By Jennifer Kocher, Cowboy State Daily
It was after 7 p.m. when John Robertson parked his semi-truck Monday night after a day of delivering equipment to a couple of oil field sites in Converse and Campbell Counties.
Last week, he was delivering cattle in South Dakota. Before that, he was up on the Canadian border delivering parts to a drilling rig.
The Rozet-based trucker and owner of J. D. Robertson Transport, LLC, isn’t short of work. But escalating diesel fuel costs are definitely cutting into his profits.
Right now, Robertson estimated the price of fuel for local trips has topped $100 to $150 a day, while long runs are up to $300 to $400 a day.
Between record-high inflation and a truck driver shortage that has left him with several empty trucks sitting on his lot, Robertson said he’s worried about the current economic climate and the future of his business.
“You try but you can’t keep up,” he said of the rising fuel costs. “It’s going to be a bad, bad storm pretty quick.”
In the end, Robertson said, it will be the consumer who pays the ultimate price.
“How much do you push on to the mom and her four kids?” he asked. “All we can do is try to figure out how we can all make it.”
At the same time, however, Robertson noted things could be much worse.
“It’s tough times, but there’s people having tougher than us,” he said. “Nobody throwing bombs at us yet.”
As of Tuesday, the cost of a gallon of diesel in Wyoming was $4.80 a gallon, according to AAA, compared to a national average of $5.12 per gallon. This was up 40 cents over last week’s average of $4.40 a gallon and almost $1 over $3.85 a month ago.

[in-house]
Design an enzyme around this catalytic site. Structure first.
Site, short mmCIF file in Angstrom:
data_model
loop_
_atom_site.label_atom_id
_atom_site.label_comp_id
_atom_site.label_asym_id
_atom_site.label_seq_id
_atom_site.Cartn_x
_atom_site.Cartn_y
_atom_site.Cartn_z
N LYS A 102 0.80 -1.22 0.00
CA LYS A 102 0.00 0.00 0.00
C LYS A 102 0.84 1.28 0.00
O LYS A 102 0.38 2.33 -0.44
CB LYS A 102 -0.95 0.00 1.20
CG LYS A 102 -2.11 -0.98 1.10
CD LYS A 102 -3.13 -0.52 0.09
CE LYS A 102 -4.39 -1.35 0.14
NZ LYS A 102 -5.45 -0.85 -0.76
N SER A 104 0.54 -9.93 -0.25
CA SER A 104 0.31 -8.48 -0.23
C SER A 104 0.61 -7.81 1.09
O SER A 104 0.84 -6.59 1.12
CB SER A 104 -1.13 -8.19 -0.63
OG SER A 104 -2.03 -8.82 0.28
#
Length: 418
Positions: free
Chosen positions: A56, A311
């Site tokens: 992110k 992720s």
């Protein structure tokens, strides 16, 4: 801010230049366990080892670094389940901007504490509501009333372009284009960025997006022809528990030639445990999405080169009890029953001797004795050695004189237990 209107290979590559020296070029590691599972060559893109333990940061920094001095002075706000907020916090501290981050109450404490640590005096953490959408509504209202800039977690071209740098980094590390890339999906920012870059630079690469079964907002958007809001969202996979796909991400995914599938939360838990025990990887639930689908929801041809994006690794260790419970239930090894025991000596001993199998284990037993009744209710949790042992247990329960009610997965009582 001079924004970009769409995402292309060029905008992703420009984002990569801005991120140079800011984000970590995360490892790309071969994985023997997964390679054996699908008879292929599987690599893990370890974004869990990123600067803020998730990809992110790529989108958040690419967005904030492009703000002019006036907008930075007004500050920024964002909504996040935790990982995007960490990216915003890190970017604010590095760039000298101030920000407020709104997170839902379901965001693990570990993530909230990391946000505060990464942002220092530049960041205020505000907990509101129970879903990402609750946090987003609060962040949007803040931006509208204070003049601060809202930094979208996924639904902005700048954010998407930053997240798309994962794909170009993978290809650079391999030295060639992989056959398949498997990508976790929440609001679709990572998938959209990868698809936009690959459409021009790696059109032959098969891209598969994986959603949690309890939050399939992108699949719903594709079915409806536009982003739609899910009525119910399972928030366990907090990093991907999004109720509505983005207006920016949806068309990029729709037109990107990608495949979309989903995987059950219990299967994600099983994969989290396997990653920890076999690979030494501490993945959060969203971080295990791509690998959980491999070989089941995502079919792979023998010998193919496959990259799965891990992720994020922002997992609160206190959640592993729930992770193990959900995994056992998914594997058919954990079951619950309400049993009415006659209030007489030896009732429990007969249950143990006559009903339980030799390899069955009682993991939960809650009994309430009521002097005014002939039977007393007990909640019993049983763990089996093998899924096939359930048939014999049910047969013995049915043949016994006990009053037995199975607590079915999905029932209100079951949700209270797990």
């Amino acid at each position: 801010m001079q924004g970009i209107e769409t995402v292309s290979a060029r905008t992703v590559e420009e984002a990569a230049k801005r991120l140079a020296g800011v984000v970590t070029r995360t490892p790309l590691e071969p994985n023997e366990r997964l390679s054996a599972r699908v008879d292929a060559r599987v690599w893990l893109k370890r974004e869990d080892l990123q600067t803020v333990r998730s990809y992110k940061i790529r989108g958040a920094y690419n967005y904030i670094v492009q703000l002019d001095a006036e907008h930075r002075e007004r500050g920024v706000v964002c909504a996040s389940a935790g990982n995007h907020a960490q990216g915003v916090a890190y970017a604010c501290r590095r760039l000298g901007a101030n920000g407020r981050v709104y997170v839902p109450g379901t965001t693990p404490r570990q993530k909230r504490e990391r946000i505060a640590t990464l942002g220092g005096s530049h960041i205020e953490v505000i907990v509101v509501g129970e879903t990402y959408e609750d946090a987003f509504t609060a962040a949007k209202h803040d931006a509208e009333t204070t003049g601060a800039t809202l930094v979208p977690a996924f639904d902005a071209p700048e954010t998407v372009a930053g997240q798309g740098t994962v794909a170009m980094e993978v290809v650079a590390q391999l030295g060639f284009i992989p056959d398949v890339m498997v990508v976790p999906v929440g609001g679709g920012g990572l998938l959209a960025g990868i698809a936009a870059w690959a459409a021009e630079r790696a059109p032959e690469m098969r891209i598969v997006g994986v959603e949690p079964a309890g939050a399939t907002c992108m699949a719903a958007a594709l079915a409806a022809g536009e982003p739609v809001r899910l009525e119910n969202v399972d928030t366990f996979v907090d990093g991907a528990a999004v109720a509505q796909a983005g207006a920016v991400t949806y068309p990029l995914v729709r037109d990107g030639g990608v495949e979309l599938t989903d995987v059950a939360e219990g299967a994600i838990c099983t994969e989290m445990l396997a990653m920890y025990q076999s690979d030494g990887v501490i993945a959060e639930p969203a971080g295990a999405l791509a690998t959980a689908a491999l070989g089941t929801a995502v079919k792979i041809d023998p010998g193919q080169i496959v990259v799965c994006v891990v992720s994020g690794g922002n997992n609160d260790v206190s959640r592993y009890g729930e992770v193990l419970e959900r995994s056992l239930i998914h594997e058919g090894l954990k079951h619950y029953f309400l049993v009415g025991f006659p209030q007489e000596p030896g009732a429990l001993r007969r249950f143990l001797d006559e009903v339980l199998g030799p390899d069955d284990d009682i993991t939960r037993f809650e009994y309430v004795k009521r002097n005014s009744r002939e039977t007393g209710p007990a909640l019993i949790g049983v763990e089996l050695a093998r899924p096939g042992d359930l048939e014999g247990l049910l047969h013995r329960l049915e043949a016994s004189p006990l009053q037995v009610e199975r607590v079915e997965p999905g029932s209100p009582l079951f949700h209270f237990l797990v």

Within the state, the cheapest gallon of diesel on Tuesday was at the Loaf ‘N Jug in Cheyenne at $3, followed by $4 at the Exxon in Guernsey and $4.05 at the Maverik in Sheridan, according to the website GasBuddy.com, which tracks national fuel prices.
It’s not just the high cost of diesel plaguing trucking companies, but rather the way in which they are rapidly escalating day-to-day that has many Wyoming truckers worried.
Fuel is the second biggest cost to carriers behind wages and benefits, according to Sheila Foertsch, managing director Wyoming Trucking Association, who said these increased costs negatively affect a carrier’s bottom line immediately.
Many trucking companies are able to tack on a fuel surcharge as part of their contracts. The surcharges are adjusted weekly based on the cost of a gallon of diesel as specified by the U.S. Department of Energy.
Small owner-operators like Robertson, however, have a much more difficult time absorbing these costs, Foertsch said, and will have to adjust the rates they charge, which are then passed on to the customer.
Regardless of built-in fuel offsets, the rising cost of diesel and other petroleum products in general is already taking its toll on Wyoming trucking companies.
Roger King, owner of Cowboy State Trucking in Kemmerer, said these are the highest fuel prices he’s ever seen, even worse than during the recession in late 2008 and 2009.
“They are hitting us substantially hard and are affecting our cash flow,” he said.
His company employs around 35 drivers who haul dry bulk and liquid commodities like coal, soda ash, molten sulfur and other aggregates, primarily throughout Wyoming, although about 10 percent of its trips are to Nevada and Utah.
Right now, one load of fuel – that lasts about six to seven days – costs the company $53,000. Last year, King said the company was paying $25,300 for the same load.
The surge in fuel costs began about three to four months after President Joe Biden took office, King said, and the cost has been steadily rising ever since.